Fueled By Fear, How Richard Nixon Became 'One Man Against The World'

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tags: Richard Nixon, Nixon



Tim Weiner, a Pultizer Prize-winning New York Timesreporter, is the author of four other books about national security, including "Enemies: A History Of The FBI."

Richard Nixon's presidency has always been one surrounded by questions and controversy: Why did he wiretap his own aides and diplomats? Why did he escalate the war in Vietnam? Why did he lie about his war plans to his secretary of defense and secretary of state? What were the Watergate burglars searching for, and why did Nixon tape conversations that included incriminating evidence?

Tens of thousands of files from the Nixon White House, National Security Council, CIA, FBI, State Department and Pentagon were declassified between 2007 and 2014. Hundreds of hours of Nixon's tapes were made public in 2013 and 2014. After having pored over these documents, Tim Weiner provides answers to these and other questions in his book One Man Against the World: The Tragedy of Richard Nixon.

Nixon was consumed by fear, Weiner tells Fresh Air's Terry Gross. That fear "turned into anger and that anger turned into self-destruction and every hour of these new tapes and these released transcripts adds to the record of a man committing political suicide day-by-day," he says.

Nixon was waging fights both at home and abroad. "In Vietnam, he had a weapon — B-52 bombers," Weiner says. "At home, he had bugs, break-ins, black bag jobs and burglaries. The two wars became one: Vietnam morphed into Watergate. He said so himself — Nixon did — that Vietnam found its successor in Watergate."

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On Nixon's problem with alcohol

It was October 1973. ... There's a raging war in the Middle East between the Syrians and the Egyptians on the one side and the Israelis on the other, known as the Yom Kippur War. It escalates. The Israelis aren't winning. The Soviets want to interpose, together with the United States, U.S. and Soviet forces in the Middle East to stop the war and then, they say: "If you won't do it, we will go in there alone." The United States discovers that the Soviets are shipping nuclear warheads to Egypt.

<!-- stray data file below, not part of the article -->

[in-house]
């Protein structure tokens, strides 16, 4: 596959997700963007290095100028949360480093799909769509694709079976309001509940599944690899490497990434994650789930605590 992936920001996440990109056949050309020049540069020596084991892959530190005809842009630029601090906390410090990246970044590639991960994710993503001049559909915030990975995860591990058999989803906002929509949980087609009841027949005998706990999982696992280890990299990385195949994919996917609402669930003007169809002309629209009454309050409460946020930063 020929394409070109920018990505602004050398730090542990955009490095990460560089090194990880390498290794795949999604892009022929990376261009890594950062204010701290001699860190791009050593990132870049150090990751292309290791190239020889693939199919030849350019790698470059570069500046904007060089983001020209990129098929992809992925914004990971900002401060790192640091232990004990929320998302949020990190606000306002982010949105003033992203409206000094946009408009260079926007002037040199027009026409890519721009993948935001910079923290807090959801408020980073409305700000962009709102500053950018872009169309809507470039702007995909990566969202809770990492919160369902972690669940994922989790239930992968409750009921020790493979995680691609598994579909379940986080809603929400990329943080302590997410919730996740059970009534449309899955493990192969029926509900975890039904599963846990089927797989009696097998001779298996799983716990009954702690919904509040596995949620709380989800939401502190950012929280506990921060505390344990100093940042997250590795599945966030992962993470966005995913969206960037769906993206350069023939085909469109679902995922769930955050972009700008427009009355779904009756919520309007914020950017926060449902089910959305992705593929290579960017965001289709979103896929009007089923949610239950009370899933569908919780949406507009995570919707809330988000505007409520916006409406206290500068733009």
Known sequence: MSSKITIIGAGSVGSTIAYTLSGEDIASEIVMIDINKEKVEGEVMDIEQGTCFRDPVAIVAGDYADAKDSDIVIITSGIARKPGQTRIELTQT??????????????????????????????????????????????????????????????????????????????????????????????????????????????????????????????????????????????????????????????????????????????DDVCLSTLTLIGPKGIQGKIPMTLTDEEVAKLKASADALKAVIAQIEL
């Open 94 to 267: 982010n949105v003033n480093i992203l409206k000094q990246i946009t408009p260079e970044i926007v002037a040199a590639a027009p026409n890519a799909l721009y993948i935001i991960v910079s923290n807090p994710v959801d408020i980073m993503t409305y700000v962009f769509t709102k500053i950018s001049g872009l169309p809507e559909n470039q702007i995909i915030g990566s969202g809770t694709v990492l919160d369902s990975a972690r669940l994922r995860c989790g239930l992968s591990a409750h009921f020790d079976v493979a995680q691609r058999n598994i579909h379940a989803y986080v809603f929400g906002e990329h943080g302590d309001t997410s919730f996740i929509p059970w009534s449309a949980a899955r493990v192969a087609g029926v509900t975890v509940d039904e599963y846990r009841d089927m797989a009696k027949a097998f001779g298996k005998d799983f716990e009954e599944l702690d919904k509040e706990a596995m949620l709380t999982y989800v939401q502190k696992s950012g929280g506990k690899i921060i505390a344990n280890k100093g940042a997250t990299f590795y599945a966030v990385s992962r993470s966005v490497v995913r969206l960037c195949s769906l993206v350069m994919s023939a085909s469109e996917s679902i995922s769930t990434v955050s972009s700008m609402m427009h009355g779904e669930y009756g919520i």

Nixon, as had been his habit, drank too much, was terribly deprived of sleep, he was a ravaging insomniac, and he went days on end drinking himself to sleep during these days of crisis. There's a meeting in the White House situation room, it's Oct. 24th, 1973. Henry Kissinger is there, Adm. Tom Moorer, chairman of the Joint Chiefs of Staff are there, secretary of defense, the head of the CIA. The president was not there, and they say to one another: "What are we going to do here? The Soviets think we have no functioning president."

In the absence of a functioning president, these five men, unelected, led by Henry Kissinger, decide to raise the global nuclear alert level to one-step short of imminent nuclear war, alert the 82nd Airborne Division and recall 75 B-52 nuclear bombers to make it look like we are ready to go to World War III. But at the end of this meeting, the chairman of the Joint Chiefs, Adm. Moorer writes, "If the Soviets put 10,000 troops into Egypt, what do we do?" The answer is, "We might've done nothing," because we did not have a functioning president.

The president was drunk. The president was in the family residence at the White House — had drunk himself to sleep, and was by all evidence, not in his right mind at that moment. He had said that day to Henry Kissinger, that his enemies and I quote: "They want to kill the president. I may physically die." There are real threats along with these roiling fears because that same day, Oct. 24th, the House for the first time since 1868, has opened formal proceedings to impeach the president of the United States.




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